Posted by: notdeaddinosaur | February 2, 2009

Clear That Patient!

Hello Bloggers, and welcome to that fabulous new medical game show, Clear That Patient!


As you know, Clear That Patient! is all about balancing risks. Technically, of course, it is understood that the concept of “Medical Clearance” is flawed. It is sad but true that, taken literally, the statement, “Medically cleared” over your signature could be construed by an unscrupulous attorney as an assurance that all will go well, potentially leaving your hiney on the chopping block in the event of any misadventure. (“But doctor, you said the patient was cleared. Shouldn’t you have known he was going to have an MI in the middle of the procedure?”)

Your job, contestants, is to examine each of the following scenarios and decide whether or not, in your expert judgment, the benefits of the proposed surgical procedure outweigh the medical, surgical and anesthesia risks given the medical facts presented. Your final answer needs to reflect your opinion as to whether you can, in good conscience, allow the patient — as presented — to undergo the proposed operation RIGHT NOW. Possible answers include:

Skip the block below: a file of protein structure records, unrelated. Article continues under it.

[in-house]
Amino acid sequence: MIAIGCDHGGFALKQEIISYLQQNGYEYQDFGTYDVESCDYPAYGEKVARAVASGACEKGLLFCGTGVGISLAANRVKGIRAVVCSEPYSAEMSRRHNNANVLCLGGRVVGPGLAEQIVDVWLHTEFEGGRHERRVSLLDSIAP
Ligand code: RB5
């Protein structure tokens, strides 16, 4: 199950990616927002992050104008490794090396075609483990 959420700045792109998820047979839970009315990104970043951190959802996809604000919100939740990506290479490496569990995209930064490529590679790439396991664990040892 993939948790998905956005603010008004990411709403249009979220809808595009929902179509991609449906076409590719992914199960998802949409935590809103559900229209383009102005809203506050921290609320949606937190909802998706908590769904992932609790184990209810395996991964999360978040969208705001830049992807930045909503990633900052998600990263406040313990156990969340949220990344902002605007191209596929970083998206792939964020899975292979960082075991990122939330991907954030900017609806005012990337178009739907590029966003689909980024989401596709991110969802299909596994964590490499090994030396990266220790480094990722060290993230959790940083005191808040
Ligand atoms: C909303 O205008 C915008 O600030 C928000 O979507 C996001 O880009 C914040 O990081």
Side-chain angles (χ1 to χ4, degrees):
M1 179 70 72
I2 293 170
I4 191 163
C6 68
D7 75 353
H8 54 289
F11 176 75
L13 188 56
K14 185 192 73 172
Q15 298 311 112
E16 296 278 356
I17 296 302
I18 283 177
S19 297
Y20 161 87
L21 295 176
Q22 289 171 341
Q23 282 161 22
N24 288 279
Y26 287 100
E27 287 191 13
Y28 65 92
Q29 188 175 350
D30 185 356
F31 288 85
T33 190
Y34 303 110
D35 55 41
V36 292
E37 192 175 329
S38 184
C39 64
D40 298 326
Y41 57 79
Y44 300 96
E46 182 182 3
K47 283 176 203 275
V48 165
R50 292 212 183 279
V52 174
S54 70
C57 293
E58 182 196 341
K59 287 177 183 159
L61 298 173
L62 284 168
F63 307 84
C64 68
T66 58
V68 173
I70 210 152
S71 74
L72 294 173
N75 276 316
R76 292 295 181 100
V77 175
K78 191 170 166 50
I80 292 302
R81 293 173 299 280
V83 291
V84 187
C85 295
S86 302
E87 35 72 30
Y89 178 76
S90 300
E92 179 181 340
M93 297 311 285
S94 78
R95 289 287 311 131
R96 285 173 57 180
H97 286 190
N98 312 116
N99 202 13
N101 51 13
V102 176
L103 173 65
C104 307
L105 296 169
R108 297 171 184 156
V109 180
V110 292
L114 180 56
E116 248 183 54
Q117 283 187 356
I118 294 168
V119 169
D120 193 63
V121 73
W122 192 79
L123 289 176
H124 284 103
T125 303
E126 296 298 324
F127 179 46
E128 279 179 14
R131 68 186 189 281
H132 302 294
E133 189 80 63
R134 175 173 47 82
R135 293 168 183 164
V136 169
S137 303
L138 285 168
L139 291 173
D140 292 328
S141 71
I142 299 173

1. Yes, go ahead.
  2. Needs further workup first, but okay if everything checks out.
  3. No way; not until the patient is better controlled.

It is also understood that the anesthesia, surgical and postoperative care will be the absolute best possible in all cases.

Ready? Okay then; here we go:



38-year-old male with a BP of 240/140 and a creatinine of 4 (refusing ER and hospital evaluation of headaches, melena and hematuria AND has blown off multiple nephrology appointments) presents requesting surgical clearance to fix his umbilical hernia.


65-year-old male requesting repair of a volleyball-sized scrotal hernia presenting at the hospital’s surgical clinic, found to be in atrial fibrillation.


35-year-old female, three pack-a-day smoker, diabetic with an A1c of 14, who needs a vaginal hysterectomy after multiple LEEP procedures who now has severe cervical dysplasia.


And now, contestants, for extra credit:

Guess which of these patients have I actually seen, either in training or in my practice.


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